New Year Honours: Dorset football volunteers among MBEs
Supporters of grassroots and school football in Dorset have been made MBEs in the New Year Honours list.
Dorset County Football Association chief executive Sue Hough was the first woman chairman of any FA committee.
Terry Cordery, a long-time volunteer with the Dorset Schools Football Association, is also recognised for his work with the Firefighters Charity.
Malcolm Wright, from Weymouth, a coastguard officer with more than 40 years' experience, is also made an MBE.
Mrs Hough, 64, from Lytchett Matravers, has more than 20 years' involvement in women's and disability football.
She was appointed women's football co-ordinator when the FA took over the administration of women's football in 1993.
"Women's football has grown tremendously over the last 20 years," she said.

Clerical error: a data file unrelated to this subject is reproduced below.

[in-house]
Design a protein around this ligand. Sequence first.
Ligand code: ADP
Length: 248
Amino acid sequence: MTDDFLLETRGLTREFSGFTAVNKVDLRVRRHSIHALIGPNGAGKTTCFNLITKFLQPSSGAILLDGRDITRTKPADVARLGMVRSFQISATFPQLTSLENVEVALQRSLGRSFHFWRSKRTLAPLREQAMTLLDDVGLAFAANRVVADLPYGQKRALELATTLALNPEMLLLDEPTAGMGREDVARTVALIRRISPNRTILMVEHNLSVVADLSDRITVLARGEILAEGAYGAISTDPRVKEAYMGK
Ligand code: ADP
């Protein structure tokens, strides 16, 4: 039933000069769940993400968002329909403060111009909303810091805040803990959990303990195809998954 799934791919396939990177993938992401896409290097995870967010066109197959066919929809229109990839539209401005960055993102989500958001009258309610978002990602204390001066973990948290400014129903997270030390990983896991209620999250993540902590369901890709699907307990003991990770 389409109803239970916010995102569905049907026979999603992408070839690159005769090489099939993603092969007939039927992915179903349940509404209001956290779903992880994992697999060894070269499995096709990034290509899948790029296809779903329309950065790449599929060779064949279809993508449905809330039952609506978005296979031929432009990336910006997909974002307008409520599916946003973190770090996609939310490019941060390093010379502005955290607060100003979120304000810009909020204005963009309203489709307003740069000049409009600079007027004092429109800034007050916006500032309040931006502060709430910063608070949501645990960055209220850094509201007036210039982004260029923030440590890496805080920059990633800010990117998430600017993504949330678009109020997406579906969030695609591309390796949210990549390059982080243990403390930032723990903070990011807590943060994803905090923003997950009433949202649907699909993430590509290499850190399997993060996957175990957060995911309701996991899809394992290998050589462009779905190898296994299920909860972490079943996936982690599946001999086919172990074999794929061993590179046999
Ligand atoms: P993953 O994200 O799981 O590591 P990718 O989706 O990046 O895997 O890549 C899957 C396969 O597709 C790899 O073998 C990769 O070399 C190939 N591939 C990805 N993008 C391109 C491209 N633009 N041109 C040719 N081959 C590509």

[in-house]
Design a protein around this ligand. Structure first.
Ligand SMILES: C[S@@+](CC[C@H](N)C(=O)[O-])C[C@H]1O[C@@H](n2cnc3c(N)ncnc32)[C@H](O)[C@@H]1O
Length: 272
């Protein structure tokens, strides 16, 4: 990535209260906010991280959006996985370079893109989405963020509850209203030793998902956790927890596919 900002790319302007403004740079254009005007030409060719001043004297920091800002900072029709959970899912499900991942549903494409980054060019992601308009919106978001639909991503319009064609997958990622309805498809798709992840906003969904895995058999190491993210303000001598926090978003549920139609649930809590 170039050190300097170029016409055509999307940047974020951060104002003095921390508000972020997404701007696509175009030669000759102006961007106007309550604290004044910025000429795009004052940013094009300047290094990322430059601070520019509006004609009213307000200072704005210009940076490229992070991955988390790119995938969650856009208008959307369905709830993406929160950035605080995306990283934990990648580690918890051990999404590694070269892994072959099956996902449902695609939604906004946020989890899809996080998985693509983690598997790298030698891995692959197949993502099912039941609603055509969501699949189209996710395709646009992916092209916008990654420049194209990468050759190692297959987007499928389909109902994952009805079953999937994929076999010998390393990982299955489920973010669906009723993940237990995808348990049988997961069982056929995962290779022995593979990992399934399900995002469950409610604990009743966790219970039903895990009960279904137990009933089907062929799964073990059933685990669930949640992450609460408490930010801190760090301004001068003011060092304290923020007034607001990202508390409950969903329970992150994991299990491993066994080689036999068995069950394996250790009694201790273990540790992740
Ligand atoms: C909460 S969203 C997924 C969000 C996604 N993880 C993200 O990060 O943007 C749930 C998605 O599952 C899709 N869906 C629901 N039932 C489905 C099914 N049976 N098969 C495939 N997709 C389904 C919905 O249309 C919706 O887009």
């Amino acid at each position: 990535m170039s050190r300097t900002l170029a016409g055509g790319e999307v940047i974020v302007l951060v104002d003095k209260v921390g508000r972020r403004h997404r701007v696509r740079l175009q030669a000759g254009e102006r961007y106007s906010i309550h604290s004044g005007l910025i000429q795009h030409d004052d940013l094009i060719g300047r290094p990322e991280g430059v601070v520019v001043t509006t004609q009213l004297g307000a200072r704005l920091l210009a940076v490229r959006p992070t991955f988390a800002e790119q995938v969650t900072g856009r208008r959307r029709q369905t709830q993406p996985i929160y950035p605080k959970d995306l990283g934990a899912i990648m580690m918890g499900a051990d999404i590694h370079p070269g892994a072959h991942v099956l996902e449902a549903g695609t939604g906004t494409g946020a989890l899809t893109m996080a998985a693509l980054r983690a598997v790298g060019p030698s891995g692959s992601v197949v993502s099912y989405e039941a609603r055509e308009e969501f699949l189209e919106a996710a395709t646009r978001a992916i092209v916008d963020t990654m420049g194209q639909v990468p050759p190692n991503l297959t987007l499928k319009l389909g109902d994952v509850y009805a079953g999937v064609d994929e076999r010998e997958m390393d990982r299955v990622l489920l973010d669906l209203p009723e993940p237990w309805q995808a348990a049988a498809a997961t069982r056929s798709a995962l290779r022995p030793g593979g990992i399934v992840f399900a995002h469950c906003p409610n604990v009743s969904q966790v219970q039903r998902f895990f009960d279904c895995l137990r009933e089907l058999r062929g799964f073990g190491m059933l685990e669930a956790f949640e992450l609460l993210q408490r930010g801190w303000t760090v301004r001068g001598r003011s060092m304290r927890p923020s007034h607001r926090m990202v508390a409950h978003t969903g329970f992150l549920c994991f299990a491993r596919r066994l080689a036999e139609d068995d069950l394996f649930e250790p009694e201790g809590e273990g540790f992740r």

"The opportunities for women to play, officiate and volunteer in the game today are really strong.
"It's a huge privilege to be honoured, but the aim still remains to give as many people as possible the opportunity to develop in the game."
Mr Cordery has held roles with the Dorset Schools Football Association and English Schools Football Association as an administrator and referee since 1977.
But, the 75-year-old former retained firefighter has also been a long-serving officer with the Dorset Firefighters Charity.
He said: "I was first touched by its impact when a former colleague died from his injuries in an accident.
"The very next day, the charity kicked into action to support his family and I just knew this was a wonderful service that must be maintained."
Elsewhere, the co-founders of a dog therapy charity have been awarded the British Empire Medal.
Susan Dennett, from Ferndown, and Julie Lankshear, from Bournemouth, set up Caring Canines in 2006.
With the help of more than 100 volunteer trainers, the group runs specialist therapy and education placements around Bournemouth and Poole.
One such scheme at Bournemouth University students with mental health issues and physical or sensory impairments receive extra learning support with the help of a three-year-old shih tzu.